Data Science Fundamentals: Week 1

Through this weekly series, I hope to narrate my foray into data science, its relevance in today’s market and applications within the healthcare sector.

For week 1, I have been reviewing R (open source programming for statistical computing) and from my experience R has been a more straight-forward programming language. To start with the basics, it is important to understand the style of language(s) used within R. The styles include:

a) Object-oriented: A style that uses “objects” to design interactions, store data and execute code. An object can be described as a class, a description of the object, this can also include the methods or behaviors of the class which can be used to assign or store data. An example of a class could be a bike, where the class would contain the blueprint for the bike, this would be followed by defining an object (s) related to the bike, such as wheeled bikes (divided into two-wheeled or one-wheeled). As such we have created a hierarchy for the class “bike” defined by objects and their respective functions (i.e., attributes describing the object).



b) Imperative: A style that uses direct statements to change a particular program, providing a step-by-step approach to executing the code. This style of programming considers the “how” or the specific steps required to reach the final conclusion, best represented by a sandwich recipe, which states all the ingredients and the steps required to get to the finished product. In the case of imperative, the user would be interested in defining all the steps needed (would require more line of code) and in most cases provides extensive detail to an otherwise simple procedure. The imperative style is best seen within HTML code, as a user is responsible for describing the different layers/steps associated with organizing a page (i.e., title, headings, paragraph)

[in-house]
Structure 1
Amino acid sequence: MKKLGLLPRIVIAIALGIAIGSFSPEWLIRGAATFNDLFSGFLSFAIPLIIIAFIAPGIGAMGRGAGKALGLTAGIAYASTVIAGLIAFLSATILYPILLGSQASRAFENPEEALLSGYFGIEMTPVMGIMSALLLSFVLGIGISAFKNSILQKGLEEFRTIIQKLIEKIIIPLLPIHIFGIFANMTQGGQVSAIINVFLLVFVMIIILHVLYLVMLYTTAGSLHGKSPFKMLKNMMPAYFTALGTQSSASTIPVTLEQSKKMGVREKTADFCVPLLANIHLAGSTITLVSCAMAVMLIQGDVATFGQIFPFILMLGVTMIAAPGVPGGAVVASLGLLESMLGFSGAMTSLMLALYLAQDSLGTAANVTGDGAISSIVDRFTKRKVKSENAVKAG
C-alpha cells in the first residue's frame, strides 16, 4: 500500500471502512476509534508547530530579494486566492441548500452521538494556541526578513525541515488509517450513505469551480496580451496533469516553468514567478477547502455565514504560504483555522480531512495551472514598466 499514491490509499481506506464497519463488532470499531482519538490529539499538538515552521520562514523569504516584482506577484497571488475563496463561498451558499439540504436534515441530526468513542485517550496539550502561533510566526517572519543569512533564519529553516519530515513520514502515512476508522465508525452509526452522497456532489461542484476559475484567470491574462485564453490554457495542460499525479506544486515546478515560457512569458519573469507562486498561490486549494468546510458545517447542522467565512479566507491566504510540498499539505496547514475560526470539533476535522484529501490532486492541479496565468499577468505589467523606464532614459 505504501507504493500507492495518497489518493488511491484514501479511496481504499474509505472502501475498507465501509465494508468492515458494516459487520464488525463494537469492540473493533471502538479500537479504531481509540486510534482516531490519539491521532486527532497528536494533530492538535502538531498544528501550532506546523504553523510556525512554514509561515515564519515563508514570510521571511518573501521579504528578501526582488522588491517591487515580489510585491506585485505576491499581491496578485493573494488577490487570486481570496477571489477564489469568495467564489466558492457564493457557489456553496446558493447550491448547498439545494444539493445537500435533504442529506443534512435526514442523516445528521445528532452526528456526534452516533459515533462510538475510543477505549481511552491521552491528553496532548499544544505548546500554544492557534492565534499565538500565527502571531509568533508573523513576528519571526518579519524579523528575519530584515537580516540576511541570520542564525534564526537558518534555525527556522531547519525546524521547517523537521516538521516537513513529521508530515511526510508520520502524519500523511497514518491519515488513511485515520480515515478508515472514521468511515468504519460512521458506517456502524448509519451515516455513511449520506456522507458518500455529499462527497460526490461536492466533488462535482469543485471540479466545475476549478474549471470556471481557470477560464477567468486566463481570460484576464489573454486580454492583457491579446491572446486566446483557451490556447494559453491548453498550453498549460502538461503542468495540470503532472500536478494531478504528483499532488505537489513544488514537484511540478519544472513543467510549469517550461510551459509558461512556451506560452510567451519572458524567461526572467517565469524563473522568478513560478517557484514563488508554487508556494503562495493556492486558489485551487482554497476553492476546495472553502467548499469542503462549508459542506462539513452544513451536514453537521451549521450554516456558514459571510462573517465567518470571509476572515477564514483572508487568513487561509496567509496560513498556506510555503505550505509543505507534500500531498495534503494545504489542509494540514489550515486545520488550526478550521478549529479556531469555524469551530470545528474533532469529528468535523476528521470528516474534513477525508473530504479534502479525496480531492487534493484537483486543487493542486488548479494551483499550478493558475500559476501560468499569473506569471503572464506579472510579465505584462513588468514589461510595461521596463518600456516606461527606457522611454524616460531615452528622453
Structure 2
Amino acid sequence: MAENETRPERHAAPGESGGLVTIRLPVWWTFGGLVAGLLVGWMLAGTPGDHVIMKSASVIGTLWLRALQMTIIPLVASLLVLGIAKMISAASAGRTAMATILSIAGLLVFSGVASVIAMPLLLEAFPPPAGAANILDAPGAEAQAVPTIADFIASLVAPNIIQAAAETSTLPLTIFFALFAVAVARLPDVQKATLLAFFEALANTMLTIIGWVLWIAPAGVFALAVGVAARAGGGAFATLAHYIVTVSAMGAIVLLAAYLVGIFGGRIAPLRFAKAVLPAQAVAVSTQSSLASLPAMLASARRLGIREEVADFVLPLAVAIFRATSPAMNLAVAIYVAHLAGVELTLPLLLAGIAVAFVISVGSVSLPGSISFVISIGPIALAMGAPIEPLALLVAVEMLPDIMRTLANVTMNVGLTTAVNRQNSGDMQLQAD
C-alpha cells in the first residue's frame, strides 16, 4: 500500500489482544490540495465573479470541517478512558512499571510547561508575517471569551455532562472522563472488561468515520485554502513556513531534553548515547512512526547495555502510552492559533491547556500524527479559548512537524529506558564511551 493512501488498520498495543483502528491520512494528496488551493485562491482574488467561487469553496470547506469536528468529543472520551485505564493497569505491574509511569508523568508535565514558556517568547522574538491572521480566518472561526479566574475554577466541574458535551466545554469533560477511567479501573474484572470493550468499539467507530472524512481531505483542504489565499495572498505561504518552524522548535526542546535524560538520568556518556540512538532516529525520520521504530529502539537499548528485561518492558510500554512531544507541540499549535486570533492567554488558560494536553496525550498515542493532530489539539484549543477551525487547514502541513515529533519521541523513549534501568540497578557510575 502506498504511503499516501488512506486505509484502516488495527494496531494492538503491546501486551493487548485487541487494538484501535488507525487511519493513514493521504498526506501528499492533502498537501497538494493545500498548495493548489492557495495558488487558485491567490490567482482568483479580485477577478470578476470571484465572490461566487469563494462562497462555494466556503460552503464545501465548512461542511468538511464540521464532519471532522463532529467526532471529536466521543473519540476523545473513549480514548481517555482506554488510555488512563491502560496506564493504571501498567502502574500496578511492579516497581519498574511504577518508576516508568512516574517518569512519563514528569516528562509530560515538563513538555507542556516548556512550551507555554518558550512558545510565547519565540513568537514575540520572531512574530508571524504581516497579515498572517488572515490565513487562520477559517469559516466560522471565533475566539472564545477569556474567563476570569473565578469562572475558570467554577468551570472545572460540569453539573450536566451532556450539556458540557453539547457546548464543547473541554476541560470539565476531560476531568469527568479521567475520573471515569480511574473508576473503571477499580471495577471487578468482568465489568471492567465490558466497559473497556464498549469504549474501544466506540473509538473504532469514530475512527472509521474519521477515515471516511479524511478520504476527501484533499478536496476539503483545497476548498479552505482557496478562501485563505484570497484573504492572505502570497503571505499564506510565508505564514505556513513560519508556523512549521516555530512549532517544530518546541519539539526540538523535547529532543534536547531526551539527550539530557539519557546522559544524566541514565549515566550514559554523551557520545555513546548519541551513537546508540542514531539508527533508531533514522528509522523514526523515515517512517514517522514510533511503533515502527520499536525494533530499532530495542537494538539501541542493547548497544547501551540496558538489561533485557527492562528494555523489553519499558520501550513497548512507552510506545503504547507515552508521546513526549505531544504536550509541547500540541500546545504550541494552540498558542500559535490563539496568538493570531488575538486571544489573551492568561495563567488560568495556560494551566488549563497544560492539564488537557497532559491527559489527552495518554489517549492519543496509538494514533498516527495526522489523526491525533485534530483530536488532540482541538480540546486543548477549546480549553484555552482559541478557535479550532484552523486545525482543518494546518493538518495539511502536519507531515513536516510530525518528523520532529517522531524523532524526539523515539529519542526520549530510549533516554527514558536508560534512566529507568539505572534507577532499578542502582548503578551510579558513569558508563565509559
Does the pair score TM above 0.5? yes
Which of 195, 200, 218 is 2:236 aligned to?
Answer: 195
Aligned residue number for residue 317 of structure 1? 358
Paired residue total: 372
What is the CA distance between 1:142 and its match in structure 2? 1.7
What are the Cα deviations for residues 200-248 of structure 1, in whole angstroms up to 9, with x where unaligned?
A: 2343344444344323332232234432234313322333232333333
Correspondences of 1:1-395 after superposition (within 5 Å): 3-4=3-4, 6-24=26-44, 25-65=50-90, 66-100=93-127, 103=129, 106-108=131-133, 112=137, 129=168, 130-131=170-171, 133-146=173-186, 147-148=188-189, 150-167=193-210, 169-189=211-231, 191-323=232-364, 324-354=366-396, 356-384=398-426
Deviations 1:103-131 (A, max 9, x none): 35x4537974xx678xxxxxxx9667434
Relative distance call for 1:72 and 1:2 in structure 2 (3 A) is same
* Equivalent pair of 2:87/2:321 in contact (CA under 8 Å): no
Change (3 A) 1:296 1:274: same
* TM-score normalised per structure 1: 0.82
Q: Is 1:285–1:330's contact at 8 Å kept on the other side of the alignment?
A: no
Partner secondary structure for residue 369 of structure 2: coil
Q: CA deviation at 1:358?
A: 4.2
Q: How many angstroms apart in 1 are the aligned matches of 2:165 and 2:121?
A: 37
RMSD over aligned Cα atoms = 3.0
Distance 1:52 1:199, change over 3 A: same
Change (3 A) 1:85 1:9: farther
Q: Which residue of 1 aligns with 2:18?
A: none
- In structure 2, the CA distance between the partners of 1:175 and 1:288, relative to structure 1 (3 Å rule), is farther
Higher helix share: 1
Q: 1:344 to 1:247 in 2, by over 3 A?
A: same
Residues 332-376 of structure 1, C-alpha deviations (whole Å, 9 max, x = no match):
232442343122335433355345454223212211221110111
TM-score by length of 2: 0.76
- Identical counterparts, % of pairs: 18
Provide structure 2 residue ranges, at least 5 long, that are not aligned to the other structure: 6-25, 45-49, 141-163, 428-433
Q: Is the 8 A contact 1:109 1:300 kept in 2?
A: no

c) Functional: Unlike the imperative style, the functional approach is focused on describing the result required and the necessary computation/equation needed to achieve the final result. The functional style removes all unnecessary filler and side effects not directly related to the end result. Thus, reducing complexity and length of the code. In short, the functional style follows the concept of an input defined, a computation and an output.



With R, one is able to use a mix of all three styles or stick to one depending on the nature of the work. As a beginner and perhaps to better understand the direction of the code, the imperative style might be the best to follow.

For week 2, I will be looking at some of the basic R functions and analysis used. If you’re interested in downloading R and following along, please find the following download link:


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